Casey’s latest t-shirt design for The Trappist

When asked if he works for free, money or beer, Casey said, “We come to a beer agreement and they’ve always been very good to me. They like the work, they’re pretty open to it, and if I meet them part way, it’s because I do want to promote the beer. It’s not just about the artwork.”

Two recent sculptures

Walnut Creek Welcomes the ØL Beercafe & Bottle Shop

Photos © Brian Stechschulte

“Walnut Creek has been screaming for a place like this.” – Anonymous ØL Beercafe Patron

Chuck Stilphen must have heard that sentiment echoing through the East Bay hills when he set out to open the ØL Beercafe & Bottle Shop in Walnut Creek. As co-owner of the successful Trappist bar in Oakland, he already has a pulse on craft beer’s surging popularity. His five-week-old venue fills a void in a thirsty and growing community.

According to Stilphen “the Walnut Creek area seemed to be lacking in any quality beer places. Created with the spirit of The Trappist, we developed a plan to create a hybrid bottle shop and beer cafe, roughly using the business model of a few places in Portland and City Beer Store in San Francisco, but taken up a notch in design and comfort.

ØL Beercafe is located on a quiet downtown street just a half mile from the Walnut Creek BART station. In case you’re wondering, ØL is Danish for beer and there’s plenty to choose from. Eighteen taps sit behind the bar located in the back of the establishment. Nearby, a six door cooler and small room enclosed by windows offers over 100 bottles to choose from that are priced to go, or you can pay a corkage fee ranging between $1 to $5 to drink them on-site.

Stilphen plans on extending the beer options to over 300 and explained that “whenever possible we try to duplicate our bottle selection to match the draft choices, so if you taste something you like you can bring some bottles home as well.“

At first glance the selection appears primarily Belgian oriented, but a healthy dose of craft beer styles from around the country are also available. Don’t worry hopheads, you’ll feel right at home with Sculpin and Pliny at your fingertips. You’ll also be happy to know they serve each beer in appropriate glassware and the staff is knowledgeable, polite and helpful with suggestions. They won’t hesitate to offer you a sample if you’re torn between two options.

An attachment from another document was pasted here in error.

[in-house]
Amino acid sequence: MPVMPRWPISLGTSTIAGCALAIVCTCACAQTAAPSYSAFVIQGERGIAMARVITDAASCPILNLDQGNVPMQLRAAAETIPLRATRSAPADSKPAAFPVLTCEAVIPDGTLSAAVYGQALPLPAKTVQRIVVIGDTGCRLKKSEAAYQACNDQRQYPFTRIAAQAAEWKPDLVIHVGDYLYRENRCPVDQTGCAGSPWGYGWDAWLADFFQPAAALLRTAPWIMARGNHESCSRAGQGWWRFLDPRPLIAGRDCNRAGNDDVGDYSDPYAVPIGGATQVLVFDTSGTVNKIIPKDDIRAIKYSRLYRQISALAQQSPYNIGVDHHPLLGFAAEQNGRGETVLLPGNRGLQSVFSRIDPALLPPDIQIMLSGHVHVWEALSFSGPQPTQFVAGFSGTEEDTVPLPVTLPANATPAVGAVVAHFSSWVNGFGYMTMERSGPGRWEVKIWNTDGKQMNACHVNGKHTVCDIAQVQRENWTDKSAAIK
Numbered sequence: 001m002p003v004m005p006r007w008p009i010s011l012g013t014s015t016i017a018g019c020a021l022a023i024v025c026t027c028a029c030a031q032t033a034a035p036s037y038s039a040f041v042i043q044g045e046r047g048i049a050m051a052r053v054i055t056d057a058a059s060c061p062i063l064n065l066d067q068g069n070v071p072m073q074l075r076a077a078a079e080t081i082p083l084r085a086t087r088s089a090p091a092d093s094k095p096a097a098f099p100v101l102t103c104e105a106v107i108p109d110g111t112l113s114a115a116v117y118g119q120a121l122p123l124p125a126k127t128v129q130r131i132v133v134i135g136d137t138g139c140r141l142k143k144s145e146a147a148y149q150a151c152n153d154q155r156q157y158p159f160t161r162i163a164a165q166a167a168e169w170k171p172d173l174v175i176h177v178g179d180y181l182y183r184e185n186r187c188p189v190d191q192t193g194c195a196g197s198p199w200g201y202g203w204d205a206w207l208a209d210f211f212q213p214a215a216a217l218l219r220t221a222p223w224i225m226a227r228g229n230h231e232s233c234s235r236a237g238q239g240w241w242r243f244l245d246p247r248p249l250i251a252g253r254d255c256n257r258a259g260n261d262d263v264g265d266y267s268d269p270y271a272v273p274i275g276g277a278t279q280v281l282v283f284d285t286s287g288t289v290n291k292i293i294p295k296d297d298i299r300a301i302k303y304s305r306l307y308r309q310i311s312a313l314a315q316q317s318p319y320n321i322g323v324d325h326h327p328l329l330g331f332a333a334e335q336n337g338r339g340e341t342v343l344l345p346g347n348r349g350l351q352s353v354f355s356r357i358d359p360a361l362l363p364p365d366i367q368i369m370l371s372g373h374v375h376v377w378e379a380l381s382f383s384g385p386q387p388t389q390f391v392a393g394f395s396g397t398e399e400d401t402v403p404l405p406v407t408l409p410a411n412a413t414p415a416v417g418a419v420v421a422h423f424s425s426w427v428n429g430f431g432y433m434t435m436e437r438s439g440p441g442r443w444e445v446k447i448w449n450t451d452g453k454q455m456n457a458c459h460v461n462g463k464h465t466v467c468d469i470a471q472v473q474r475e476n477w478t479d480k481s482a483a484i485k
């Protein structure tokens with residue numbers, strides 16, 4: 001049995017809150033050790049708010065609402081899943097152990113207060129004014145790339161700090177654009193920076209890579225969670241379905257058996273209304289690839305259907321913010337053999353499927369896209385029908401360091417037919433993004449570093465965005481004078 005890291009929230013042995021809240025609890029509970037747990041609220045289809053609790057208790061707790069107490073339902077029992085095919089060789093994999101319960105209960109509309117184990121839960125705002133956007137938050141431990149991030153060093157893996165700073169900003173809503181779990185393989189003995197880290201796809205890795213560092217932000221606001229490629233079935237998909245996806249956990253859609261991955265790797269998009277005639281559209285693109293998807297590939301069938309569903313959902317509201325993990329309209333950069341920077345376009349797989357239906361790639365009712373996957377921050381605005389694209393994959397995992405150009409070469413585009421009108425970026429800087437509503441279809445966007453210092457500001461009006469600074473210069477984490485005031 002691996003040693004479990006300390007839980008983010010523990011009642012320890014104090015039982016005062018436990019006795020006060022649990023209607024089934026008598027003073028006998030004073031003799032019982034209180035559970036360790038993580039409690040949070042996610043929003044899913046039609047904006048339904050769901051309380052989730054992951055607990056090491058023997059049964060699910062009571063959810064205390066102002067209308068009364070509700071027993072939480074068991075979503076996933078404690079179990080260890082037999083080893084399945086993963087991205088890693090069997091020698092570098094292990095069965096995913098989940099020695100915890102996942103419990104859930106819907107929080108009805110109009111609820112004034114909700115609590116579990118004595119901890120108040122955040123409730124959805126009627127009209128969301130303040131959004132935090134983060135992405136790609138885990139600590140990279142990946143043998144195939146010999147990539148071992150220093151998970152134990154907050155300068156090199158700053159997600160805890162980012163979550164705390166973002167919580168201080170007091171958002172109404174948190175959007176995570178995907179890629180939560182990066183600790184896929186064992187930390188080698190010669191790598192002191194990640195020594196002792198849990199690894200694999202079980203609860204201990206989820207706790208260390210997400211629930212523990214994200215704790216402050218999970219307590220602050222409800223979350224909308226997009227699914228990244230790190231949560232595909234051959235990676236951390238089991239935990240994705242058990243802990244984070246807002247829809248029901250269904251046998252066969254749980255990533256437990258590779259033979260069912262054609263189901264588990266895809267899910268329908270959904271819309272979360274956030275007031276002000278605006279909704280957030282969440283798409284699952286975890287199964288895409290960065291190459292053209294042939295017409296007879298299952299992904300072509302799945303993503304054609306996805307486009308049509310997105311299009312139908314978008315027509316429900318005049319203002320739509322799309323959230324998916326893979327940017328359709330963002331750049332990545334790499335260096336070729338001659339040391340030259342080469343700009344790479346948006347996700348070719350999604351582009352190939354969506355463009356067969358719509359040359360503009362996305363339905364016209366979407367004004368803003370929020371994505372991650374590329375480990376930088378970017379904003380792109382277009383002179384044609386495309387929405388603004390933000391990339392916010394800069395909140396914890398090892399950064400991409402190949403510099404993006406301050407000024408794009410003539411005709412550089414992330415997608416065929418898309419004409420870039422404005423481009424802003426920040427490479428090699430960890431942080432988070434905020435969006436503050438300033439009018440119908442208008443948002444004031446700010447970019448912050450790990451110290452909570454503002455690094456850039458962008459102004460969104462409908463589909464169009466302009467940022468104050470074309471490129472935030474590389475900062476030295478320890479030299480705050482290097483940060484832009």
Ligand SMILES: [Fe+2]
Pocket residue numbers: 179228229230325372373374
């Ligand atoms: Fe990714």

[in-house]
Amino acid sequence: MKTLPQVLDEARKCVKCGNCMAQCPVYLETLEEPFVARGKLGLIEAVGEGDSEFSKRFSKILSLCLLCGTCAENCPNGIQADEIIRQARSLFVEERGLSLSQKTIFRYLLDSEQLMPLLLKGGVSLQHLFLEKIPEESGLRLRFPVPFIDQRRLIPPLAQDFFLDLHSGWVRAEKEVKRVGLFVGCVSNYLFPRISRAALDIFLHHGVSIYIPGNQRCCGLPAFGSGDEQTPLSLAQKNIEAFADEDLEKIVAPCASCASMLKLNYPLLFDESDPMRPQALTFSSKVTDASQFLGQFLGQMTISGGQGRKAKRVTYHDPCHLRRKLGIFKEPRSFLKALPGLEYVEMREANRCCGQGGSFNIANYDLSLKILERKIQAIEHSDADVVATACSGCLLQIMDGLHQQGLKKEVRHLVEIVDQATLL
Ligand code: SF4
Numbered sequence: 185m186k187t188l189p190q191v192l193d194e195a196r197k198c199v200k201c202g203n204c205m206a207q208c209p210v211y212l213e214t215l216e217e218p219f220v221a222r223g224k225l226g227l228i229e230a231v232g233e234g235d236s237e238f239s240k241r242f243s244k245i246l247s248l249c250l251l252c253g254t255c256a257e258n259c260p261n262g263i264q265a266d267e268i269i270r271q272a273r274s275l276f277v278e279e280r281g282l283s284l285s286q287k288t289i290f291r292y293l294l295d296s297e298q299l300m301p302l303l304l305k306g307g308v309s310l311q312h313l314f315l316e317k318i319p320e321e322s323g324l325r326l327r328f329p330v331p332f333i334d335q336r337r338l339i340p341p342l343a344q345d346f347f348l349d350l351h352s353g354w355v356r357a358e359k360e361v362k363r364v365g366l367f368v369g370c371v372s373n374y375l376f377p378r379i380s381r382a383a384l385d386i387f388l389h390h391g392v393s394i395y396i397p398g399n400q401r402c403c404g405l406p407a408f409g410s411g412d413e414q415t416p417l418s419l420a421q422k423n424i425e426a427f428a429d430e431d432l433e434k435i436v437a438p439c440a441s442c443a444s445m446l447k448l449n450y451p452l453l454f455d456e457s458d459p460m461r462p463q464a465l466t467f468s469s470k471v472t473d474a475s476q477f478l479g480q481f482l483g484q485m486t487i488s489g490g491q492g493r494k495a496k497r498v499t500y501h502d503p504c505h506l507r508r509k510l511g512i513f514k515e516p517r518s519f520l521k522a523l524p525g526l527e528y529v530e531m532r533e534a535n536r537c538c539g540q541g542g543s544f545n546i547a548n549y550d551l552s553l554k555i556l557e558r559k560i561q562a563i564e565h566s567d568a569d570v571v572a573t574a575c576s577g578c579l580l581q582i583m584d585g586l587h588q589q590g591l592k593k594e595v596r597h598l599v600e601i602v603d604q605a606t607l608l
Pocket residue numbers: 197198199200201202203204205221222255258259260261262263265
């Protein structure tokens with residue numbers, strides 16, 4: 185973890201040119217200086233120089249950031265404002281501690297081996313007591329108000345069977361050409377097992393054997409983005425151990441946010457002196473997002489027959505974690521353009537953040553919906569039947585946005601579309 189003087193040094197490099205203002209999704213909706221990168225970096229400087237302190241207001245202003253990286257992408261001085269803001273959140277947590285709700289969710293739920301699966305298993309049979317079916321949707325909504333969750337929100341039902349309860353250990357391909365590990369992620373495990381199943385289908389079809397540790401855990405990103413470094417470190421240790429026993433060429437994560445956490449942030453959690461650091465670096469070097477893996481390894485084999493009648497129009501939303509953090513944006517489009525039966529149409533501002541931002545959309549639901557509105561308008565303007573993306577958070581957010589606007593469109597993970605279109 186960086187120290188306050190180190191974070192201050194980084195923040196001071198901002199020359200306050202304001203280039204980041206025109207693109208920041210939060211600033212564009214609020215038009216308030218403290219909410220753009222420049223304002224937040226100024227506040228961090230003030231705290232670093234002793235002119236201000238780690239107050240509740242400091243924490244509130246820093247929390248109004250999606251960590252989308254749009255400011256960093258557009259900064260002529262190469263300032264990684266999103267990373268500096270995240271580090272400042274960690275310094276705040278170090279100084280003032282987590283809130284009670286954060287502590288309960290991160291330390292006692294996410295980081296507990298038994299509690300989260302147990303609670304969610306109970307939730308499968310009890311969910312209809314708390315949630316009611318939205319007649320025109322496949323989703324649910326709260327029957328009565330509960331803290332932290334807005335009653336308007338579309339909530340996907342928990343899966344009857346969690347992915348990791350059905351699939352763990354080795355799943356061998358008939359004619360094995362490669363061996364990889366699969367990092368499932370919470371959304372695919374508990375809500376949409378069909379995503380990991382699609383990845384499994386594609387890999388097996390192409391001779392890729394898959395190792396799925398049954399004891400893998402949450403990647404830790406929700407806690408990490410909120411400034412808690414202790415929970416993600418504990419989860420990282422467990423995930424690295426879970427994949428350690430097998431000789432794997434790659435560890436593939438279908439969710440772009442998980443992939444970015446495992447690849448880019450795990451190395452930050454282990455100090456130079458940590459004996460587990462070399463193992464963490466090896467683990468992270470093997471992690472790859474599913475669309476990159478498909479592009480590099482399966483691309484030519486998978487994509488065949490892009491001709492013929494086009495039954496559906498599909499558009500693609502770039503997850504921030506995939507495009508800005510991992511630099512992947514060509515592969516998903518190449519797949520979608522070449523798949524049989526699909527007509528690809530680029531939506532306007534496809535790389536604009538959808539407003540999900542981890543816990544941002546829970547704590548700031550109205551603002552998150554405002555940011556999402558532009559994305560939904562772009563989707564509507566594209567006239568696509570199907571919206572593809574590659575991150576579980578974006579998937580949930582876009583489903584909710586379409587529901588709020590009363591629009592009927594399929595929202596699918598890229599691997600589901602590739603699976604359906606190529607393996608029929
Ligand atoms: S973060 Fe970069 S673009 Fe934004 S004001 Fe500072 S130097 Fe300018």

Other then six bar stools, seating is primarily located just inside the entrance where brewery photos line the walls of the lofty yet cozy interior.  Every design element was thoughtfully considered from the vintage lighting to the rustic wooden tables, chairs, bar and doors that give the space an old European feel. Capacity is set at 50, which has been maxed out so far on Friday and Saturday evenings.

If you get hungry while your there a small snack menu is available, which includes a rotating selection of artisan cheeses, Fatted Calf sausage, jerky, olives and almonds. Need something a little more substantial? No worries, you’re allowed to bring in food from the outside. Stilphen is also negotiating with nearby Skipolini’s Pizza to make their pies easily available to customers.

ØL Beercafe is currently open from noon to 11pm daily and expect them to host a steady stream of special events. On Saturday, October 29th, it’s Meet the Brewer night with Ale Industries, who will be featuring their new Pumpkin Ale, East Bay IPA and a rare barrel aged beer.